NBA players Klay Thompson and Andre Iguodala, in association with Cash App and Block, are set to take a part of their next salary in bitcoin. They will also donate $1 million in BTC to fans. Thompson had tweeted on January 10 that he is with BTC because it’s the future of money. Iguodala said bitcoin is the future.
These two basketball stars are the latest to join a group of athletes receiving their dues in cryptocurrency – bitcoin. Grabbing on the growing popularity of the cryptocurrency, athletes are now demanding their salaries in the popular crypto. Moreover, cryptocurrency has come up as the fastest-growing sponsorship category in sports. And companies want to use the high visibility of sports and sporting stars to grow awareness of their emerging brands.
Endorsing crypto has become somewhat of a trend. It began in May 2019 when NFL tackle Russel Okung tweeted to pay him in bitcoin. And he did get paid indirectly in bitcoin through a Lightning payments app called Strike.
Ben Ziffren, director of business development at Wasserman, said an assortment of new companies are coming up in this space. They are crypto-focused. Additionally, traditional companies in the financial services space, are also stepping in. Ziffren highlighted that interest in the crypto market has grown tremendously in the past six months.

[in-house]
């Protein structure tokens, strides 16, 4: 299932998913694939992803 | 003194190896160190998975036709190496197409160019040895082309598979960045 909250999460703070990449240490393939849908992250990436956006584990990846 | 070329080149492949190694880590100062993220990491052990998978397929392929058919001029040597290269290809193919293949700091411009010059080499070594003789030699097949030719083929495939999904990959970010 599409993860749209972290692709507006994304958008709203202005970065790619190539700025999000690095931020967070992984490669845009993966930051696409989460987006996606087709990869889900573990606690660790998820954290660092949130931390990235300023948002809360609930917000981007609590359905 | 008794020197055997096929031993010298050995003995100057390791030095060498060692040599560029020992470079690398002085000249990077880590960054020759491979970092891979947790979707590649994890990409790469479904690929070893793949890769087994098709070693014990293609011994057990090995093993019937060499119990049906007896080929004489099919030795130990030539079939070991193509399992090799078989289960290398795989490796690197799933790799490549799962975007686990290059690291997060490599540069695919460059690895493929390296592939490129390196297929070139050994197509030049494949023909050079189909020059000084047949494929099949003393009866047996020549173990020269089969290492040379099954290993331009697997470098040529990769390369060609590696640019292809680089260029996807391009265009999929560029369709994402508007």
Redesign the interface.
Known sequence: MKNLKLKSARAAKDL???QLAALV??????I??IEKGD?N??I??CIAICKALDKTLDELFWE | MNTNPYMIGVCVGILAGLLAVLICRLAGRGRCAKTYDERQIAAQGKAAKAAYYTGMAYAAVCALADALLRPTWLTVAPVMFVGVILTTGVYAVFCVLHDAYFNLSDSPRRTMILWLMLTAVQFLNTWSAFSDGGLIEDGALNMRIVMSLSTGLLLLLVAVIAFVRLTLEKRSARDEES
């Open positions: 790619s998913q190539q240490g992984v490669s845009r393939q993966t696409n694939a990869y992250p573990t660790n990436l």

Zack Sugarman, a senior vice president of properties at Wasserman, noted that brands have a lot of money to spend in the cryptocurrency space. They are not scared or intimidated by big sponsorship deals or names. But for the consumer, it is a confusing category. Many are not aware about cryptocurrency or the digital assets space. As such, the brands, companies, and celebrities as well as sport stars who are getting associated with crypto need to create massive awareness. There is also a need for legitimacy.
The brands can also capitalize by providing high-visibility assets like bitcoin or etherum on social media, television and jerseys.